You know what these past (almost) three months have taught me? I mean, other than- *deep breath in*- how to take better pictures, how to make better edits, how to use better lighting, how to network, how to hustle, how to push myself in a way I never thought possible? I’ve also learned how easy it is to get stuck in a rut and how hard- but SO WORTH IT- it is to step outside my comfort zone and do something completely different. Because this photography thing? It’s all about finding what works and what doesn’t. Sometimes a shot just doesn’t work. Bad angle, harsh sunlight, whatever. But you don’t know unless you try, and that’s why we’re all here in this Internship to begin with. Being different is not a destination- it’s an ongoing process that you have to work at constantly. Otherwise, you’re just making the same photos as everyone else.
My rut, if you could even call it that, is that I like to shoot pretty stuff. I’m a girl in every clichéd sense of the word. (Well, almost. I may love shoes, run from spiders, and be powerless against a smoldering glance from Ryan Gosling, but I also love scary movies, beer, and playing video games into the night.) I take photos of weddings. Cupcakes. Ballerinas. Which are all challenges on their own and things that I happen to love to shoot. But to improve- REALLY IMPROVE- I need to push myself outside of my comfort zone. And um, says the girl who wears perfume to the grocery store, a boxing gym is pretty far outside the zone as far as I’m concerned.
The Hardcore Gym in Athens is actually a lot more than just a boxing gym. They’re a full MMA gym that’s turned out UFC champions and is basically heaven on Earth to practically every man I know. Sweat, fighting, letting out aggression, having the sacred Man Time. While I don’t pretend to understand the ancient Man Code, I do understand that it’s important. Go forth and have Man Time.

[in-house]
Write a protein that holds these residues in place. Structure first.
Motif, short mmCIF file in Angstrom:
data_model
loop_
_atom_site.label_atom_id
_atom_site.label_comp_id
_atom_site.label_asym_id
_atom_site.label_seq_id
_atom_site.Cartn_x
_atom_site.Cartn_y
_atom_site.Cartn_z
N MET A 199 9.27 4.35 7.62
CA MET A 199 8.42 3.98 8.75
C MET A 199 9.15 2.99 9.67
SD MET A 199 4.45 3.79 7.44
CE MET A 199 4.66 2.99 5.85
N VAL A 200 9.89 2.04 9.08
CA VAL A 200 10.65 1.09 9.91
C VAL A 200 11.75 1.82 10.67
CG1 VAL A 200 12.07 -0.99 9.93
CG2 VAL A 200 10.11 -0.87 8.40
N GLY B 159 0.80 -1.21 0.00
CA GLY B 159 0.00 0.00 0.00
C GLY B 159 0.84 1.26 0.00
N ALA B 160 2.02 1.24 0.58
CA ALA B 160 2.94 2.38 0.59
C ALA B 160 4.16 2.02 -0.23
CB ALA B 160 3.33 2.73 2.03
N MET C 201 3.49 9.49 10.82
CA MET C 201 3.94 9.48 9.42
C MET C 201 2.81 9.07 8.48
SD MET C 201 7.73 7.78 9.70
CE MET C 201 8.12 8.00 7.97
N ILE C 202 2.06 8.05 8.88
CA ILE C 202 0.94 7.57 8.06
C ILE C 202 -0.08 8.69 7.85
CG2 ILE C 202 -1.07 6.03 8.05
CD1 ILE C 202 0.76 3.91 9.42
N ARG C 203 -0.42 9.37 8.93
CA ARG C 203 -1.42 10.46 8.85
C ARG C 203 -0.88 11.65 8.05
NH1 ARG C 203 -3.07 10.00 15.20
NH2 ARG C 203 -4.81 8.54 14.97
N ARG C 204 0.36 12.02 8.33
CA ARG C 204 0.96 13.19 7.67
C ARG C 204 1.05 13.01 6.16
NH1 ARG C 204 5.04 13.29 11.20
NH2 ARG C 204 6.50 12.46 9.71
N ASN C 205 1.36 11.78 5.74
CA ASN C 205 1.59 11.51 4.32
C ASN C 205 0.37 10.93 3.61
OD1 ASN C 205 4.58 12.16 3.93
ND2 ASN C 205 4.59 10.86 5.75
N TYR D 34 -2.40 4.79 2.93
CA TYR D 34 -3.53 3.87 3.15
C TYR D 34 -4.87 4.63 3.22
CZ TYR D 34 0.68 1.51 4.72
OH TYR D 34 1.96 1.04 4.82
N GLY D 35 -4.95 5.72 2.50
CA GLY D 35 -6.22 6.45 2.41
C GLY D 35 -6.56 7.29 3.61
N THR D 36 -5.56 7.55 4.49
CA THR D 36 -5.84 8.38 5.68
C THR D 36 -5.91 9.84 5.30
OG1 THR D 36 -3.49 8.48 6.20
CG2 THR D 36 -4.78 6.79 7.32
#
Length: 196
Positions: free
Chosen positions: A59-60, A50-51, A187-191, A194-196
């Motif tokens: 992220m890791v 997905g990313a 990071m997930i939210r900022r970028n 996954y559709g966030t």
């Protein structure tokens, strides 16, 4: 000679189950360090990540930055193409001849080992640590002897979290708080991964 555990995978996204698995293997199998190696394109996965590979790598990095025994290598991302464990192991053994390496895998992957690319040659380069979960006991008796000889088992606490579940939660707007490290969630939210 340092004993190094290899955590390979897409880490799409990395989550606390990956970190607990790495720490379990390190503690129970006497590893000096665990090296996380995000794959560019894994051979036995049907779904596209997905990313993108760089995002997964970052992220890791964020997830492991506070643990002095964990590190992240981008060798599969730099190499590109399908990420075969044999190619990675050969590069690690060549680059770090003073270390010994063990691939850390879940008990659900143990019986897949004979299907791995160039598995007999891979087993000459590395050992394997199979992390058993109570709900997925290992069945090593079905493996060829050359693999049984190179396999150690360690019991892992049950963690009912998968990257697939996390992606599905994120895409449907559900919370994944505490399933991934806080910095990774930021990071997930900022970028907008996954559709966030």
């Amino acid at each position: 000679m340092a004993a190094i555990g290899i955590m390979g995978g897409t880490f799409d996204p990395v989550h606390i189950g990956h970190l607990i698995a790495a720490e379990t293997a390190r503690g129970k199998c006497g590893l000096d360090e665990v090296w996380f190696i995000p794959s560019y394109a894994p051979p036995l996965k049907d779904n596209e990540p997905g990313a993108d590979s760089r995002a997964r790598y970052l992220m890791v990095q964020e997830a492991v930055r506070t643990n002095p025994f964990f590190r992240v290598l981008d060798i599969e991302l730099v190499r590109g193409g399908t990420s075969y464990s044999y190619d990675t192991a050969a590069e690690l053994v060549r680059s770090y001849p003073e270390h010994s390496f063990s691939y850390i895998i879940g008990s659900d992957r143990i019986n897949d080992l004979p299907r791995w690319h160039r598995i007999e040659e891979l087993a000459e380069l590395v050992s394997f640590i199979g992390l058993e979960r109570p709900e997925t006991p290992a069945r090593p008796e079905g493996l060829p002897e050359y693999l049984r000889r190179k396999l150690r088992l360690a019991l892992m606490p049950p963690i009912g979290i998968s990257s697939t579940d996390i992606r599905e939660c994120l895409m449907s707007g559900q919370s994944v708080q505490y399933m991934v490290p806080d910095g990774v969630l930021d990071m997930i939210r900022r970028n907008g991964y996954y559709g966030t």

They’re also run by an awesome group of guys that have been nothing but awesome to me: helpful, accommodating, and totally up for a complete stranger coming into their gym and shooting during classes and sparring sessions and even one of the programs they run for children. (Seriously. Brazilian Jiu Jitsu and Mixed Martial Arts for kids? I told you they were awesome.)
My initial instinct, when the adult sparring sessions began, was to hang back… you know, out of the way, where I wouldn’t possibly be elbowed in the face? But then I realized, “Hey. When I shoot weddings, I’m right there on the dance floor with everyone else. What’s the difference?” And really, besides the fact that here, people were in less clothes and um, FIGHTING EACH OTHER, there wasn’t really a difference. You have to be in the middle of the action if you expect to walk away with anything worth looking at, so I kicked off my shoes and got a little closer. (By the way- I shot this whole thing in Prime- hi, my name is Krista and I’m quicky becoming a Prime Lens Snob.- so I wasn’t zooming. I was really this close. Yikes. But also, CRAZY AND SO FUN.)
Now, I could take advantage of my habit of writing these blogs late at night, red-eyed and with Spotify and Pandora to keep me company while the rest of my house sleeps, and turn this whole thing into a “photography is a lot like Fight Club” metaphor. (Sleep deprivation and too much red wine can do that to you sometimes: make you feel deliriously creative and too clever for your own good.) Don’t worry. I won’t do it.
Instead, I’ll come away from this shoot happy with how I did. This was just so different for me, and I’ll admit it, I was certainly intimidated when I walked in. But this was actually sort of like a wedding because, besides being forced to throw myself into the action to do my job, I was mostly there to capture what was going on around me, not to pose people: “Okay, chin down. Eyes at me.” It’s my favorite way to shoot.